Gandhiji gave up the traditional Gujarati kurta and pyjama and underwent an image makeover to identify himself with the ‘Daridra Narayanas’
While the whole nation was busy observing Gandhi Jayanti on October 2 (the day Mahatma Gandhi was born) and preparations are in full swing to celebrate his 155th anniversary that falls in 2024 with grandiose plans, an event was held in Tamil Nadu’s Coimbatore sans any fanfare by an industrialist that went unnoticed.
It was the centenary of the Mahatma switching over his attire from the traditional Gujarati kurta and pyjama to the poor man’s dress - the loin cloth (dhoti). The Father of the Nation who was on an all-India tour left his traditional costume on September 21, 1921, at Madurai at the end of a cross country tour. He was moved over by the poor farmers across the sub-continent struggling to cover themselves with a piece of cloth. On that eventful day at Madurai, the temple city of Tamil Nadu, Gandhiji gave up wearing the customary costume and underwent an image makeover to identify himself with the “Daridra Narayana”. He also made it a habit to weave the loin cloth for himself with the help of a charkha (spinning wheel).
In independent India, after the Gandhi era, the ‘dhoti’ lost its dignity somewhere along the line as the new generation preferred fashionable trousers, jeans and bermudas, though people in Tamil Nadu and Kerala continued with the dhoti made of cheap cotton.
It was Tirupur based KR Nagarajan, a matriculate, who took it as a mission to make people wear dhotis. Nagarajan was a victim of the prejudiced mindset of the glitterati towards the traditional attire as he himself was turned away from a five-star hotel for daring to wear a dhoti instead of the prescribed dress code- three-piece suit! He launched Ramraj Cotton, the company that is credited with manufacturing India’s first branded dhoti. Even business rivals agree that there was no looking back either for Nagarajan or the dhoti. The year 2015 saw the then Chief Minister J Jayalalithaa issuing an order making it a criminal offence to prevent persons wearing dhoti entering public or private places including Government establishments.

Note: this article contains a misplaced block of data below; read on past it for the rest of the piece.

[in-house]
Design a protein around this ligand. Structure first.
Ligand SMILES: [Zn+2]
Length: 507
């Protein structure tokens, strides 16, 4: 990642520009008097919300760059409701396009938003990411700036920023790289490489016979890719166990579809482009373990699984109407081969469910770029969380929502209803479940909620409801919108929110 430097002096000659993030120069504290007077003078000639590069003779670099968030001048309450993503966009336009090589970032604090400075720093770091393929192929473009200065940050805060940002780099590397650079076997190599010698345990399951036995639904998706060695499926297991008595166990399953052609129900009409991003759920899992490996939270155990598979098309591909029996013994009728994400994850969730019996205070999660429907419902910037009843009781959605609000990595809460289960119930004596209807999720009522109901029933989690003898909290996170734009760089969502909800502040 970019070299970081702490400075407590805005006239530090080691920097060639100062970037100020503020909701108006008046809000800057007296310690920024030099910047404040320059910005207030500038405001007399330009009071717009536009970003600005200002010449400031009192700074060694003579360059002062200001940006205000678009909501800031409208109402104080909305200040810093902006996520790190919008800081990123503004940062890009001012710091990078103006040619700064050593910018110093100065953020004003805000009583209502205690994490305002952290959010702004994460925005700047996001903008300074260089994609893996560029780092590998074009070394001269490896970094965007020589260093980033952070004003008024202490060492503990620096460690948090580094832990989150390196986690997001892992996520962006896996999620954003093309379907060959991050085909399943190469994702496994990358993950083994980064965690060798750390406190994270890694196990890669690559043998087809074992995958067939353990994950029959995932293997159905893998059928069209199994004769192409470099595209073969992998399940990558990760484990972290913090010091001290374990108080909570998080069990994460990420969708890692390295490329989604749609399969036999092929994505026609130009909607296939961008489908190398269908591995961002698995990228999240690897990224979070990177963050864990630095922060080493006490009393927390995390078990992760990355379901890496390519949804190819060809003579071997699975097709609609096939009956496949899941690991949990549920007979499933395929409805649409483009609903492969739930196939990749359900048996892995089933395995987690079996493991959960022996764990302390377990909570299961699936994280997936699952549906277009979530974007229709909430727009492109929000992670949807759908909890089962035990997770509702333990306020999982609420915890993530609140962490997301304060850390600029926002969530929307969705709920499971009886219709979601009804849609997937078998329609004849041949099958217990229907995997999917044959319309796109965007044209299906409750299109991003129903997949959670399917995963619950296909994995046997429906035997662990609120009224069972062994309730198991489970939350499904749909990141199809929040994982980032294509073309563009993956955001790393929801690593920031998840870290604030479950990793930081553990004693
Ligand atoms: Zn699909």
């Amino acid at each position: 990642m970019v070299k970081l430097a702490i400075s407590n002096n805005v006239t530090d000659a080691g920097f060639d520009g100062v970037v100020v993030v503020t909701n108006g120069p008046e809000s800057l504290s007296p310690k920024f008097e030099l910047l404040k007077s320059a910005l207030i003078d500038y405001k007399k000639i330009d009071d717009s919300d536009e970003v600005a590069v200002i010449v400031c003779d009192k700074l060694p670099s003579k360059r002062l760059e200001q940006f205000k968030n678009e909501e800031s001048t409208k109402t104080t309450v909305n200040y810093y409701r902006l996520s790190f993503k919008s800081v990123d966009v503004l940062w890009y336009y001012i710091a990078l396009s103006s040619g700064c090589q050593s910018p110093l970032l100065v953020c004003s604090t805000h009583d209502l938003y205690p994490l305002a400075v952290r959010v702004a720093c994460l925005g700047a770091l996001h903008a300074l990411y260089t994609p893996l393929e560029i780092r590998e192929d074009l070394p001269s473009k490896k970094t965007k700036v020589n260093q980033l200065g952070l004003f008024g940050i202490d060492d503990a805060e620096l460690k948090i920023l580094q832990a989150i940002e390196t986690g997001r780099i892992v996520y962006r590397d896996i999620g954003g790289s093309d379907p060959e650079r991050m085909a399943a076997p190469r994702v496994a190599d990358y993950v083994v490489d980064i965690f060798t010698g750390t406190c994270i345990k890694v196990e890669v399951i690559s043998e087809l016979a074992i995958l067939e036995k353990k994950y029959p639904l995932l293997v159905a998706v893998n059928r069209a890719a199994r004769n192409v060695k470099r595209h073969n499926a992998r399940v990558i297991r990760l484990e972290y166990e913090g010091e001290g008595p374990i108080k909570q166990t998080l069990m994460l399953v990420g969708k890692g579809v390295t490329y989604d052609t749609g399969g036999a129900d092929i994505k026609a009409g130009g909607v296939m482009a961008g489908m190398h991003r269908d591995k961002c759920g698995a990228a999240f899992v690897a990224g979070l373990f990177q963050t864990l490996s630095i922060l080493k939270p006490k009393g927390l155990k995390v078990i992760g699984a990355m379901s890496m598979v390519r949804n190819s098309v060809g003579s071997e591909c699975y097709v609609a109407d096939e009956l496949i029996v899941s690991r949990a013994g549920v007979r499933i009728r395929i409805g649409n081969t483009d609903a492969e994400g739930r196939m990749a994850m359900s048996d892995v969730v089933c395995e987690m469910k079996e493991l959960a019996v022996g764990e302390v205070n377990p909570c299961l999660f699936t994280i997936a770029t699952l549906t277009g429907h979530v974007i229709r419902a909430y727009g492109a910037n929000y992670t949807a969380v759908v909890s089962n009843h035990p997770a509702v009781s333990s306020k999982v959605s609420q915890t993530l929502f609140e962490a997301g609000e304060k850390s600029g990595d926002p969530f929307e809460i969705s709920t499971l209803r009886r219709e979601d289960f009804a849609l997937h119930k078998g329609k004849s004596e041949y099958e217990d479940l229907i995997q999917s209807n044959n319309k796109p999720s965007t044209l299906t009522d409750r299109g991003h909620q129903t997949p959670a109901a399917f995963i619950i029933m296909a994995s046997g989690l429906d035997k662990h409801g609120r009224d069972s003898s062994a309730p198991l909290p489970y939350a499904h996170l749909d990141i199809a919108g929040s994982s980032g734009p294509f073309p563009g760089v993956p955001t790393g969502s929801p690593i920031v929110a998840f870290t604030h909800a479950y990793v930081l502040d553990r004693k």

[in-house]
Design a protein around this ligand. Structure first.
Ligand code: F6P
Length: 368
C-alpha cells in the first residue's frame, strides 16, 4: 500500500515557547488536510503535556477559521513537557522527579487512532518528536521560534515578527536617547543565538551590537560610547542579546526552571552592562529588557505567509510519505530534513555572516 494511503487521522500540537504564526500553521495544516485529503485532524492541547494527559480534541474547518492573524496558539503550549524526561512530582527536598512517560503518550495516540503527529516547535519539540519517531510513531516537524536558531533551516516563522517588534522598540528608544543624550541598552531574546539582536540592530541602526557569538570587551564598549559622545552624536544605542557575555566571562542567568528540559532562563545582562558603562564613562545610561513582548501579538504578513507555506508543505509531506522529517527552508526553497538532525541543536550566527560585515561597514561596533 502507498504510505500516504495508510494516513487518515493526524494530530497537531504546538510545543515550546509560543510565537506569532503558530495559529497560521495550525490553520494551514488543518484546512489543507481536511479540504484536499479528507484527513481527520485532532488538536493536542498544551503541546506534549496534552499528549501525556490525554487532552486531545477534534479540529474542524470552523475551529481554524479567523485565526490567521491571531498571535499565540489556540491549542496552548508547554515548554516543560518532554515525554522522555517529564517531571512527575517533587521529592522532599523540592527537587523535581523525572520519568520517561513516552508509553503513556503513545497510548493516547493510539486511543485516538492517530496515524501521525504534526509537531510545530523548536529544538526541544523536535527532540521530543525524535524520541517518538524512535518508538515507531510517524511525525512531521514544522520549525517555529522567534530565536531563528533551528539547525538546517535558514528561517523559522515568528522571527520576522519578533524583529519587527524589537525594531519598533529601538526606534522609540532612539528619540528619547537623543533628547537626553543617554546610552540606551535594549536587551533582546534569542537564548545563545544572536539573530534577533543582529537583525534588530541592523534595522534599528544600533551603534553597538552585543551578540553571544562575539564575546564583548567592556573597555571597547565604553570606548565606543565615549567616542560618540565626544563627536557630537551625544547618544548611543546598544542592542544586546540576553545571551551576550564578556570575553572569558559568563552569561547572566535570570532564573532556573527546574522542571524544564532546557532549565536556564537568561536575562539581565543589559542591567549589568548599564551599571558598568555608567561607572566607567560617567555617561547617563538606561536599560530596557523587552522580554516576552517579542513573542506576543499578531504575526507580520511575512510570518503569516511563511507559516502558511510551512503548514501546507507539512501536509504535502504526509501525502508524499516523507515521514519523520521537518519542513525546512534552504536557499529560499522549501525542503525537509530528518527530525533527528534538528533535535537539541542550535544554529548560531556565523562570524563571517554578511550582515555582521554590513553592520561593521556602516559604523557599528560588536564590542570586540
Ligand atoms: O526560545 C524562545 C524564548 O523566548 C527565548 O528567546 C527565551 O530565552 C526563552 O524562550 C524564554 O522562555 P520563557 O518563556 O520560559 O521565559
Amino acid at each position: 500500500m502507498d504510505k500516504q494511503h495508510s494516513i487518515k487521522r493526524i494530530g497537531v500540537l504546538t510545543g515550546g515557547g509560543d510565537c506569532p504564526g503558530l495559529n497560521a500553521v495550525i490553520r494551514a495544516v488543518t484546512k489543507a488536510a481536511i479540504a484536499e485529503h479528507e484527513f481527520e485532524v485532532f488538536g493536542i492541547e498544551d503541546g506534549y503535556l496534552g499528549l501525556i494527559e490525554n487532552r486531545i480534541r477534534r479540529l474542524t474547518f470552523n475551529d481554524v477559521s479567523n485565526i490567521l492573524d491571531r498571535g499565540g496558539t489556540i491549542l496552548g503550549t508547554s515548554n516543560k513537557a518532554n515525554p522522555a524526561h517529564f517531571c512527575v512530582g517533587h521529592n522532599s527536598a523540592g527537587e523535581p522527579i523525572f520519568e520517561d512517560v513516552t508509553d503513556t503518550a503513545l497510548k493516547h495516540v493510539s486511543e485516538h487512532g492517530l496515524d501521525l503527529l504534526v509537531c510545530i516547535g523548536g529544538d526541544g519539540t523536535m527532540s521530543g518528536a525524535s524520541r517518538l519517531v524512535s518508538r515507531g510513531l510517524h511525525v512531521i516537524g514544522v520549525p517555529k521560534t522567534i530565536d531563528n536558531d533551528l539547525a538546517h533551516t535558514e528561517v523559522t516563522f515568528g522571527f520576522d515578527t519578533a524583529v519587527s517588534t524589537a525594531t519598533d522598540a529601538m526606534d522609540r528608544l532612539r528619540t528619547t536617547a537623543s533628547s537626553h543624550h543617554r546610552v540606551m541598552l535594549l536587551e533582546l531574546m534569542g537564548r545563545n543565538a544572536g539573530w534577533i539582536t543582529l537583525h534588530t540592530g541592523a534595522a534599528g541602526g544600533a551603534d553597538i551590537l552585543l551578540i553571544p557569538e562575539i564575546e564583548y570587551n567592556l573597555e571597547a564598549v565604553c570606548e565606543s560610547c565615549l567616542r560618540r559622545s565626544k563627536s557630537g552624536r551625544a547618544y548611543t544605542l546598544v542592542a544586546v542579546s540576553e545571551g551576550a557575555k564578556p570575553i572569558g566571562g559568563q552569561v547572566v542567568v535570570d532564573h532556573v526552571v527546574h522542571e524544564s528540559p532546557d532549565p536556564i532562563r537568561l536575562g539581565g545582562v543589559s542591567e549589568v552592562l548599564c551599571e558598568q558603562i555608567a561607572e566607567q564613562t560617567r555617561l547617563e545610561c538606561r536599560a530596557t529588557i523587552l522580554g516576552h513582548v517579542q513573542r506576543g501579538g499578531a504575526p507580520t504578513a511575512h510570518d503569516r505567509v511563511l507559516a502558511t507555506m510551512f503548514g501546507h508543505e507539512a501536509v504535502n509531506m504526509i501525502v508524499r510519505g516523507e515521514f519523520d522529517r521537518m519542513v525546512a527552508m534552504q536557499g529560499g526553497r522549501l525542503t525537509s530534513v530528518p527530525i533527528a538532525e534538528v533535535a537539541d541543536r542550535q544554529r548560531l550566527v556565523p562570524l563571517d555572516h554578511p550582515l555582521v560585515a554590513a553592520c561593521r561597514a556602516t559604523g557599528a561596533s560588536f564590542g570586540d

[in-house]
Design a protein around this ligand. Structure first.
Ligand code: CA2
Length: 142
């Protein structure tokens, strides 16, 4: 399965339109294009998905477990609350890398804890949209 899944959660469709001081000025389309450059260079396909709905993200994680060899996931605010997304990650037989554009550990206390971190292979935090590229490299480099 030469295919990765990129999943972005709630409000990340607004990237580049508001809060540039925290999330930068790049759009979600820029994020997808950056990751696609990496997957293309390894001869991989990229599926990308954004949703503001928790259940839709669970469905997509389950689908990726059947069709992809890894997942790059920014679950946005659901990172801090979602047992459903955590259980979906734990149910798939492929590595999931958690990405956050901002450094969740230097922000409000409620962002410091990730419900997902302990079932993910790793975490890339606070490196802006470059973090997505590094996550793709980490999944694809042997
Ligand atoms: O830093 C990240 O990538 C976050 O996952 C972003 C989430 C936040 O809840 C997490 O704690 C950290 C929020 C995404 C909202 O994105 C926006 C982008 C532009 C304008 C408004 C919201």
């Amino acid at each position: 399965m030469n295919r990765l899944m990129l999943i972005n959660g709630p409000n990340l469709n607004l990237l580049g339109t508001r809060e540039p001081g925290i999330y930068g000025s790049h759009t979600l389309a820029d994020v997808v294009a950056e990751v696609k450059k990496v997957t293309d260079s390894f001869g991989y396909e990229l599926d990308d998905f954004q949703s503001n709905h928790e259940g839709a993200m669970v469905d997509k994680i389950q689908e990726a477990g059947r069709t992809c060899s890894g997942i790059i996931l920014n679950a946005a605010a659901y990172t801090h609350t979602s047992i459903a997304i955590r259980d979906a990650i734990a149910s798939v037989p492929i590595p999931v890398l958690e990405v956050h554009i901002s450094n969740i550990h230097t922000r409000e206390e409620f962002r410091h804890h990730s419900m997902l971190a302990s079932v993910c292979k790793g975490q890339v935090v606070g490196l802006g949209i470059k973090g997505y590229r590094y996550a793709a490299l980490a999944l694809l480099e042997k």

Nagarajan’s brand name Ramraj itself is a tribute to the Father of the Nation who had dreamt of establishing ‘Ram Raj’. To mark the centenary of the Mahatma’s rebooting of his image, Nagarajan inaugurated Dhoti 100, as a tribute to the country’s millions of poor people and weavers who make dhotis.
Nagarajan, who is always seen in his dhoti and shirt, is of the view that the teachings of Mahatma Gandhi would get global recognition when people begin respecting dhoti. “The dhoti clad man should get the same respect and recognition which people in western outfits get. The Government should seriously think of declaring dhoti as India’s national attire,” said Nagarajan.
Hundreds of weavers drawn out from western Tamil Nadu were honoured as part of the Dhoti 100 event while dancers from Chennai’s Kalakshetra performed a dance “Gandhiyin Vazhiyil Ramraj” (Tamil for Ramraj in the path of Gandhi).
Recounting the history of his unit, Nagarajan said it was the hardship faced by weavers in the region that made him set up a weaving unit. “They were earning Rs2 per day as wages for weaving and for that too, they had to walk more than 10 kms from their villages to Tirupur town. It was to help them earn more that I gave up the job of a clerk in the office of a Sait and launched the weaving cooperative. I am the first employee of this company,” said Nagarajan.
R Chandran, a Tirupur businessman, said the Ramraj Mills played a significant role in turning the fortunes of more than 50,000 weavers. “Nagarajan has every right to observe the centennial celebration of Mahatma Gandhi’s decision to change over to dhoti. He is the true Gandhi of modern times,” said Chandran.
Nagarajan, whose unit has never seen any kind of labour unrest, is content with the achievement made by him. “We have transformed the attire of the Mahatma into a national identity. If the number of youngsters wearing dhoti is any indication, the day is not far off when people all over the country would prefer dhoti and shirts as their attire,” said Nagarajan.
Clad in white dhoti and shirt all the time, Nagarajan practices what he preaches. The day in the weaving units and the corporate office begins with prayers and promises...promises to make the world a better place to live. There is no unhappiness around as weavers are paid suitably and taken care of. Nagarajan himself is content with the size of the unit he owns. “Let others launch such units so that more and more weavers get benefitted,” he said even as he honoured the weavers by offering them dhoti and miniature charkhas.
Nagarajan’s could be the rare example of the building block of village republics visualised by the Mahatma. “Self-reliant villages form a sound basis for a just, equitable and non-violent order,” the Mahatma had said, setting the tone for a new economic order for the world free of any “isms”. It is valid even in the era of satellite phones and genetically modified foods.
(The writer is a Special Correspondent with The Pioneer. The views expressed are personal.)